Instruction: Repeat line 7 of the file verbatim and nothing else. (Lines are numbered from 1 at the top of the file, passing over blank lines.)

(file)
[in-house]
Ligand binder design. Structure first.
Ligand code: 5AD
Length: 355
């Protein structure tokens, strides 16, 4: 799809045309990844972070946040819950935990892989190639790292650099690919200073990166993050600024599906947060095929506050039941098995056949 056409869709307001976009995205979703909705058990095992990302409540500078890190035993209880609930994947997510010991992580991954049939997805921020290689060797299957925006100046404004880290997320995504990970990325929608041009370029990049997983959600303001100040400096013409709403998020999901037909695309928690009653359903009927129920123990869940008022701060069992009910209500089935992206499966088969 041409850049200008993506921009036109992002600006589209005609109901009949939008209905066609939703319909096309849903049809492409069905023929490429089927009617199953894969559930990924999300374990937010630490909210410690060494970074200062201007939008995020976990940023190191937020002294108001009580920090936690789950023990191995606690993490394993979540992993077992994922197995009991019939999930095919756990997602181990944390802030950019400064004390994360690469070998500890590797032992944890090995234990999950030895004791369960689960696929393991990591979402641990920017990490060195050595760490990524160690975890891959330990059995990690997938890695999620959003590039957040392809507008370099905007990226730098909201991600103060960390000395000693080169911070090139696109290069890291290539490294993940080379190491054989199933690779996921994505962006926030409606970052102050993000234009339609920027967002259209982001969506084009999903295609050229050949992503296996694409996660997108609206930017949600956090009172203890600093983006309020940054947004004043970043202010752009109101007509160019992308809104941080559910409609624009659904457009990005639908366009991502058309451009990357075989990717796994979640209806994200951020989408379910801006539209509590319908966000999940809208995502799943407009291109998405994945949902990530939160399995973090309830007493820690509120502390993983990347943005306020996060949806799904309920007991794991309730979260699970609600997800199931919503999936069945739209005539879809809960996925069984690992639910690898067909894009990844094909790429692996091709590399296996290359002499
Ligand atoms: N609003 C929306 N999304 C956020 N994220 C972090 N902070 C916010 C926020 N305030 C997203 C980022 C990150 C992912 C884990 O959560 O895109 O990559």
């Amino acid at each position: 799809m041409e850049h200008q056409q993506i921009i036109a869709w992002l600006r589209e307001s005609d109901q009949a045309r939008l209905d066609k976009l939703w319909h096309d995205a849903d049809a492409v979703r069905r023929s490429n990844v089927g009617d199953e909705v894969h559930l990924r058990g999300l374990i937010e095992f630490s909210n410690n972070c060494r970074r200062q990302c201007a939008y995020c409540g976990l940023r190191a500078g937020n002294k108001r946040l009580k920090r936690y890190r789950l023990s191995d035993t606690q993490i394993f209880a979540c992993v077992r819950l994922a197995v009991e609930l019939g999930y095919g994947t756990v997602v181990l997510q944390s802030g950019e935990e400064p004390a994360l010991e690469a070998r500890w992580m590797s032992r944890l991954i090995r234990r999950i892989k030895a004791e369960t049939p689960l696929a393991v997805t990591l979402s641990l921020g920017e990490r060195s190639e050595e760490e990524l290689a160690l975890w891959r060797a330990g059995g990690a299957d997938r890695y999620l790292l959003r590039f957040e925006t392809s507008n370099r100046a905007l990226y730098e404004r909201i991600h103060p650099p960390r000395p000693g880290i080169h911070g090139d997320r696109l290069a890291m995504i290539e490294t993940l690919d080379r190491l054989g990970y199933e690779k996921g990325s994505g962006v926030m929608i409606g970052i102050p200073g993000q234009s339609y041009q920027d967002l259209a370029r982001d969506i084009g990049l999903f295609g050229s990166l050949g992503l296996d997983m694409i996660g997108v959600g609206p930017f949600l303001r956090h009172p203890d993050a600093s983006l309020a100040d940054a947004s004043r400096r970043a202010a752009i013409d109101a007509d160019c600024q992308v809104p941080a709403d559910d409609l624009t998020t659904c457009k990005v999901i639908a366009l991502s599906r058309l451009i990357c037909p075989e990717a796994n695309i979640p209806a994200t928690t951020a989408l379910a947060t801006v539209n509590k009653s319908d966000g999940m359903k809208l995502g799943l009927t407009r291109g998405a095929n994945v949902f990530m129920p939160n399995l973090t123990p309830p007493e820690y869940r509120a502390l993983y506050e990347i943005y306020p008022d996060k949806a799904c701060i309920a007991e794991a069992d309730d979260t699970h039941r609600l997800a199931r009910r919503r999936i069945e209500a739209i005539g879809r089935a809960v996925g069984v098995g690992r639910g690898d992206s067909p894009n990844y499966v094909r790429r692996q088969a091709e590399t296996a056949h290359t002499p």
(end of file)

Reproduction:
């Amino acid at each position: 799809m041409e850049h200008q056409q993506i921009i036109a869709w992002l600006r589209e307001s005609d109901q009949a045309r939008l209905d066609k976009l939703w319909h096309d995205a849903d049809a492409v979703r069905r023929s490429n990844v089927g009617d199953e909705v894969h559930l990924r058990g999300l374990i937010e095992f630490s909210n410690n972070c060494r970074r200062q990302c201007a939008y995020c409540g976990l940023r190191a500078g937020n002294k108001r946040l009580k920090r936690y890190r789950l023990s191995d035993t606690q993490i394993f209880a979540c992993v077992r819950l994922a197995v009991e609930l019939g999930y095919g994947t756990v997602v181990l997510q944390s802030g950019e935990e400064p004390a994360l010991e690469a070998r500890w992580m590797s032992r944890l991954i090995r234990r999950i892989k030895a004791e369960t049939p689960l696929a393991v997805t990591l979402s641990l921020g920017e990490r060195s190639e050595e760490e990524l290689a160690l975890w891959r060797a330990g059995g990690a299957d997938r890695y999620l790292l959003r590039f957040e925006t392809s507008n370099r100046a905007l990226y730098e404004r909201i991600h103060p650099p960390r000395p000693g880290i080169h911070g090139d997320r696109l290069a890291m995504i290539e490294t993940l690919d080379r190491l054989g990970y199933e690779k996921g990325s994505g962006v926030m929608i409606g970052i102050p200073g993000q234009s339609y041009q920027d967002l259209a370029r982001d969506i084009g990049l999903f295609g050229s990166l050949g992503l296996d997983m694409i996660g997108v959600g609206p930017f949600l303001r956090h009172p203890d993050a600093s983006l309020a100040d940054a947004s004043r400096r970043a202010a752009i013409d109101a007509d160019c600024q992308v809104p941080a709403d559910d409609l624009t998020t659904c457009k990005v999901i639908a366009l991502s599906r058309l451009i990357c037909p075989e990717a796994n695309i979640p209806a994200t928690t951020a989408l379910a947060t801006v539209n509590k009653s319908d966000g999940m359903k809208l995502g799943l009927t407009r291109g998405a095929n994945v949902f990530m129920p939160n399995l973090t123990p309830p007493e820690y869940r509120a502390l993983y506050e990347i943005y306020p008022d996060k949806a799904c701060i309920a007991e794991a069992d309730d979260t699970h039941r609600l997800a199931r009910r919503r999936i069945e209500a739209i005539g879809r089935a809960v996925g069984v098995g690992r639910g690898d992206s067909p894009n990844y499966v094909r790429r692996q088969a091709e590399t296996a056949h290359t002499p």